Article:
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EU Approves Greek Recovery Plan, Paves Way for Funding

European Commission President Ursula von der Leyen and Greek Prime Minister Kyriakos Mitsotakis in Athens. Photo source: European Commission

European Commission President Ursula von der Leyen and Greek Prime Minister Kyriakos Mitsotakis in Athens. Photo source: European Commission

The European Commission approved Greece’s resilience plan paving the way for the release of 30.5 billion euros to go towards reforms and investments that will enable the country to emerge stronger after Covid-19.

Prime Minister Kyriakos Mitsotakis announced the news together with European Commission President Ursula von der Leyen during a special event held at the Ancient Agora in the heart of Athens, on Thursday.

“The Commission has given the green light to Greece’s national recovery plan; a plan that belongs to the Greek people and will transform the Greek economy. It will prepare Greece for the future,” he said, adding that 65 percent of the funds allotted to Greece will be channeled into the country’s green and digital transformation.

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The Commission decision opens the way for the disbursement of 17.8 billion euros in grants and 12.7 billion euros in loans under the Recovery and Resilience Facility (RRF) over the 2021-2026 period.

According to the Greek plan dubbed “Ellada 2.0”, the support will go towards 68 reforms and 106 flagship investments and aims to create 180,000 new jobs.

Speaking during the outdoor event which included an open discussion with citizens, von der Leyen said Greece’s national recovery plan “was created by the Greeks people, belongs to the Greek people, and will transform the Greek economy. It will prepare Greece for the future”, she said.

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“We need to make the best out of it, for the next generations. We will stand with you every step of the way,” she said. Von der Leyen was in Athens on Thursday as part of her NextGenerationEU tour aimed at assessing member states’ recovery plans and whether they are ready to start accepting EU Digital Covid Certificates.

During the event Mitsotakis and von der Leyen had the chance to connect via digital link with the ministers of education, environment, tourism, labor and digital governance who presented initiatives to be covered by the funding.

Greek authorities expect the first disbursement of funds in July.

Greece has come a long way

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According to the Commission’s assessment, Greece should direct 38 percent of total allocation to measures that support climate objectives; 23 percent to the digital transition which includes investments in digital infrastructure such 5G and fibre networks as well as in actions that will enable the digital transition of public administration. Investments and reforms also focus on the digitalization of businesses with a particular focus on small and medium sized enterprises as well as on improving digital skills at all levels as part of the education system.

“The Commission considers that Greece’s plan effectively addresses all or a significant subset of the economic and social challenges outlined in the country-specific recommendations addressed to Greece by the Council in the European Semester in 2019 and in 2020,” it said in a statement.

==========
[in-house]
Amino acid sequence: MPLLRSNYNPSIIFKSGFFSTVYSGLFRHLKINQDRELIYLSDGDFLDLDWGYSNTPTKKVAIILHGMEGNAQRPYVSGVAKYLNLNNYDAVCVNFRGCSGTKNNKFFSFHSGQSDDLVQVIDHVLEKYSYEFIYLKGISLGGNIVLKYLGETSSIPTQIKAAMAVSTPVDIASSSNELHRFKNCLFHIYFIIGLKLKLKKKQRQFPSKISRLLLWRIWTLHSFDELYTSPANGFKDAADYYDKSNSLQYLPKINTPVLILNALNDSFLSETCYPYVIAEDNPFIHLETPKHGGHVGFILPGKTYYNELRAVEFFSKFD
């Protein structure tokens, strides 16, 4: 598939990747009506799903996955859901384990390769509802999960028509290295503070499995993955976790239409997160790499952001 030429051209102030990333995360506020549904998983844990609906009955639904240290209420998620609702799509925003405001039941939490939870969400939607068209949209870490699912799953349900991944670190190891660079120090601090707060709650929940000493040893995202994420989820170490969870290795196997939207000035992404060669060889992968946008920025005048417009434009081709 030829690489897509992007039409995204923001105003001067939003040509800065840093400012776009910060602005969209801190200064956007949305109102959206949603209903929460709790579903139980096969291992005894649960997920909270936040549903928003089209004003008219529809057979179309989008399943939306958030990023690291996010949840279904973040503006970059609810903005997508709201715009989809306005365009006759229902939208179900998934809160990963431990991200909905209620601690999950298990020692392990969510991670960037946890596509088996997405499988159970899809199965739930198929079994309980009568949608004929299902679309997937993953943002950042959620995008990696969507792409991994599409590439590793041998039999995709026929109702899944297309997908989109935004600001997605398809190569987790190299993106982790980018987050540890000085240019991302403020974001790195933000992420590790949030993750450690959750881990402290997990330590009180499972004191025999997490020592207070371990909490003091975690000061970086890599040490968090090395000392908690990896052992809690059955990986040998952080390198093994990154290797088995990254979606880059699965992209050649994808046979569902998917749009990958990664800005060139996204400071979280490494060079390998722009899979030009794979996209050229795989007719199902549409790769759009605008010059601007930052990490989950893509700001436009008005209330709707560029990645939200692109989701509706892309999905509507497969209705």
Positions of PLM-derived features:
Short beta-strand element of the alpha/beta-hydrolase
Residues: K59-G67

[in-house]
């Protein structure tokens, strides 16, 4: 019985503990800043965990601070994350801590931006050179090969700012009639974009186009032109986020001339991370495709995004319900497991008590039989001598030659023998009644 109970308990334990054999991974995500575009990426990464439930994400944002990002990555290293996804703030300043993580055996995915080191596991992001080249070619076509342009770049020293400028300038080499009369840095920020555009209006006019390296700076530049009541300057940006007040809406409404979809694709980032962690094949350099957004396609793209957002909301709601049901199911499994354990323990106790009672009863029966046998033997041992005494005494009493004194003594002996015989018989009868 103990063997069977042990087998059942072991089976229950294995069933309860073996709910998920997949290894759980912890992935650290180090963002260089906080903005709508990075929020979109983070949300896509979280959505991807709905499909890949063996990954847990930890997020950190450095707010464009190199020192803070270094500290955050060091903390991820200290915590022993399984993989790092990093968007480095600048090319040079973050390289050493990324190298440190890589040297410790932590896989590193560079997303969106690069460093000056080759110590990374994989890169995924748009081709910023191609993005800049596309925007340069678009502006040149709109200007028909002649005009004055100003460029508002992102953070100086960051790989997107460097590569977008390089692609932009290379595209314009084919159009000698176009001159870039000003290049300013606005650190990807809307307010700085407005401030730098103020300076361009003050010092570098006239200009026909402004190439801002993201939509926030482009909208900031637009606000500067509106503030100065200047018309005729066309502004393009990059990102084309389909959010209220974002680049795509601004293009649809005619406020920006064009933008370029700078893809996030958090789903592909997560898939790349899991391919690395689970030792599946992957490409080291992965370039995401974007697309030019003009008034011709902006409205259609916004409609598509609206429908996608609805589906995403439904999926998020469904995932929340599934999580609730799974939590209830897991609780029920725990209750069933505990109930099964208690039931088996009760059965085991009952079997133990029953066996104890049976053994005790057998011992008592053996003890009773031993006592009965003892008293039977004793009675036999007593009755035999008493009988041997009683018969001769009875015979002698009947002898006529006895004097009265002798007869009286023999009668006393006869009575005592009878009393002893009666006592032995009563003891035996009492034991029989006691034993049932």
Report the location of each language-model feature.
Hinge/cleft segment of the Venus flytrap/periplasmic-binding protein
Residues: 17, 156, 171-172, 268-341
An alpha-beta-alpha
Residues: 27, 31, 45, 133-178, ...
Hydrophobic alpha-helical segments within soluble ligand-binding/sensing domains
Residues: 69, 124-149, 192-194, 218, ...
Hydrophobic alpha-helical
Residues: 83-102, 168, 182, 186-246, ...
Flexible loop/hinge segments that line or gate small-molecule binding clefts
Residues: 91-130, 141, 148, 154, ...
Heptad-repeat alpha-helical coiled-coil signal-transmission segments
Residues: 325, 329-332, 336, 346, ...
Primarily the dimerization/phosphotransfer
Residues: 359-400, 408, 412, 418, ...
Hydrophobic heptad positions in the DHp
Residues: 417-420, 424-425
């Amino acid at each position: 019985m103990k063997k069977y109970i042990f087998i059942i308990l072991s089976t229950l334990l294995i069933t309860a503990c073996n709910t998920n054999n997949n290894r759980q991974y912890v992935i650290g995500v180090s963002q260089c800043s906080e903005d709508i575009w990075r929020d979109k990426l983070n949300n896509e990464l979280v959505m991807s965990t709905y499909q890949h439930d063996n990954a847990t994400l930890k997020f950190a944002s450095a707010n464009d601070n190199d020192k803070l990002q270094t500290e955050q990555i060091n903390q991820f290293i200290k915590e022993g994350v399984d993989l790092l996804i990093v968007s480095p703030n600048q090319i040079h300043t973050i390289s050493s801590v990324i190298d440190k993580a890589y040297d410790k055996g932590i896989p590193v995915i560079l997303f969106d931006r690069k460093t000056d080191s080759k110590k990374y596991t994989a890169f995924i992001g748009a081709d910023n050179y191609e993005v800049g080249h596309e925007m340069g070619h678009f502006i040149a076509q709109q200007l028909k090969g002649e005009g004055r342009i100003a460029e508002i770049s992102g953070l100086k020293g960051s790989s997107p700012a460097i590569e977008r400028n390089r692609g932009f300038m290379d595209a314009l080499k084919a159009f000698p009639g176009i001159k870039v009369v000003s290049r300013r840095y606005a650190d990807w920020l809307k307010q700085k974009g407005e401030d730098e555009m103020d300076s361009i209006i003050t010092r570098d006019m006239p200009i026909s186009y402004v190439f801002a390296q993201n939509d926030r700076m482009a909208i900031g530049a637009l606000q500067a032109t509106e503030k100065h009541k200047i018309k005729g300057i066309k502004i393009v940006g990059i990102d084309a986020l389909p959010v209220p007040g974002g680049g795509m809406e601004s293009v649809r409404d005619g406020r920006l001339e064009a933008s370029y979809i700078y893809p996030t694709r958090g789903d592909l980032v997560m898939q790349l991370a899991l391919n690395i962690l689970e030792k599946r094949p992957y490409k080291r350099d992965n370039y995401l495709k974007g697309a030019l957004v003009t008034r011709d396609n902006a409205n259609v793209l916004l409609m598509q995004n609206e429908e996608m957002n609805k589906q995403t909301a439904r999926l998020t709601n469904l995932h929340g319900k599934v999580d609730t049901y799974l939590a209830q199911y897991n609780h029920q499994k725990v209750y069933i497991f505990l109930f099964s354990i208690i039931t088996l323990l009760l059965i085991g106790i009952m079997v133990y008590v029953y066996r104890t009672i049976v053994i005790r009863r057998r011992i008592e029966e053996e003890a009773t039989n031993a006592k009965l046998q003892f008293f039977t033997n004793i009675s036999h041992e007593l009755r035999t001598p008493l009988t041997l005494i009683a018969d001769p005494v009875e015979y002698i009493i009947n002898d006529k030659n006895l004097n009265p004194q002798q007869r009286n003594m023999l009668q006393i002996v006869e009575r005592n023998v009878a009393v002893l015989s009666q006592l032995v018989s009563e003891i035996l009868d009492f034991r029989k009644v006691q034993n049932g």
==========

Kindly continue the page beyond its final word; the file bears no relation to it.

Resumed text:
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It goes on to add that it finds that “none of the measures included in the plan significantly harm the environment. The controls systems put in place by Greece are considered adequate to protect the financial interests of the Union. The plan provides sufficient details on how national authorities will prevent, detect and correct instances of conflict of interest, corruption and fraud relating to the use of funds.”

The EU’s RRF scheme will provide up to 672.5 billion euros to support investments and reforms across the EU.

“Forty years since Greece joined the Community we are opening a new chapter in the country’s long European story. Greece stands to benefit from more than 30 billion euros in support through NextGenerationEU, financing that will underpin major investments and far-reaching reforms over the next five years,” said Paolo Gentiloni, Commissioner for Economy.

European Commissioner for the Economy Paolo Gentiloni. Photo source: European Commission

European Commissioner for Economy Paolo Gentiloni. Photo source: European Commission

“This is an ambitious plan that stands to benefit every part of Greece and every segment of Greek society. Greece has come a long way since the last crisis and so has the European Union,” he added.

The European Council has four weeks to adopt the Commission’s decision and from there allow for the disbursement of 4 billion euros to Greece in pre-financing or 13 percent of the total allocated amount.

Additional funding will be released based on the satisfactory fulfilment of the milestones and targets outlined and the progress on the implementation of the relevant investments and reforms.

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About the Author
Chicago-born and raised, Maria Paravantes has over two decades of journalistic experience covering tourism and travel, gastronomy, arts, music and culture, economy and finance, politics, health and social issues for international press and media. She has worked for Reuters, The Telegraph, Huffington Post, Billboard Magazine, Time Out Athens, the Athens News, Odyssey Magazine and, among others. She has also served as Special Advisor to Greece’s minister of Foreign Affairs, and to the mayor of Athens on international press and media issues. Maria is currently a reporter, content and features writer for GTP Headlines.

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